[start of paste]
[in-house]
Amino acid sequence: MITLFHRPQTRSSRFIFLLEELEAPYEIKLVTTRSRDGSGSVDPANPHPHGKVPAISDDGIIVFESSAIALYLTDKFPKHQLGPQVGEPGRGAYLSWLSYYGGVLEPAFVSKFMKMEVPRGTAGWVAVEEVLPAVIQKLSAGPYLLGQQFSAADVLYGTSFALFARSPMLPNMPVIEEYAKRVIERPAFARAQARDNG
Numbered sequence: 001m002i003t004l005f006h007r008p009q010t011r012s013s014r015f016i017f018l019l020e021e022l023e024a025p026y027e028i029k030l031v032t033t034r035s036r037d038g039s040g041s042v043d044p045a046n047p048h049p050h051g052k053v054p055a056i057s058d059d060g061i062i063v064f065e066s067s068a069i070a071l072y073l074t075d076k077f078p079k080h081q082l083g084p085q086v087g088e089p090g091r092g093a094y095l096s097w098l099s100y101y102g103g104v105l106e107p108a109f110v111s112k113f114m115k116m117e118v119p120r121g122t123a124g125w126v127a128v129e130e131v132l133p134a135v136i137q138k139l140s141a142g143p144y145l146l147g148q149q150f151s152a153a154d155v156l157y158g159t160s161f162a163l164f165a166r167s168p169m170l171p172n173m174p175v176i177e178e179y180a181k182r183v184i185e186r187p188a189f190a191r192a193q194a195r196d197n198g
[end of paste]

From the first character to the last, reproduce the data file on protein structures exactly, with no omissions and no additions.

[in-house]
Amino acid sequence: MITLFHRPQTRSSRFIFLLEELEAPYEIKLVTTRSRDGSGSVDPANPHPHGKVPAISDDGIIVFESSAIALYLTDKFPKHQLGPQVGEPGRGAYLSWLSYYGGVLEPAFVSKFMKMEVPRGTAGWVAVEEVLPAVIQKLSAGPYLLGQQFSAADVLYGTSFALFARSPMLPNMPVIEEYAKRVIERPAFARAQARDNG
Numbered sequence: 001m002i003t004l005f006h007r008p009q010t011r012s013s014r015f016i017f018l019l020e021e022l023e024a025p026y027e028i029k030l031v032t033t034r035s036r037d038g039s040g041s042v043d044p045a046n047p048h049p050h051g052k053v054p055a056i057s058d059d060g061i062i063v064f065e066s067s068a069i070a071l072y073l074t075d076k077f078p079k080h081q082l083g084p085q086v087g088e089p090g091r092g093a094y095l096s097w098l099s100y101y102g103g104v105l106e107p108a109f110v111s112k113f114m115k116m117e118v119p120r121g122t123a124g125w126v127a128v129e130e131v132l133p134a135v136i137q138k139l140s141a142g143p144y145l146l147g148q149q150f151s152a153a154d155v156l157y158g159t160s161f162a163l164f165a166r167s168p169m170l171p172n173m174p175v176i177e178e179y180a181k182r183v184i185e186r187p188a189f190a191r192a193q194a195r196d197n198g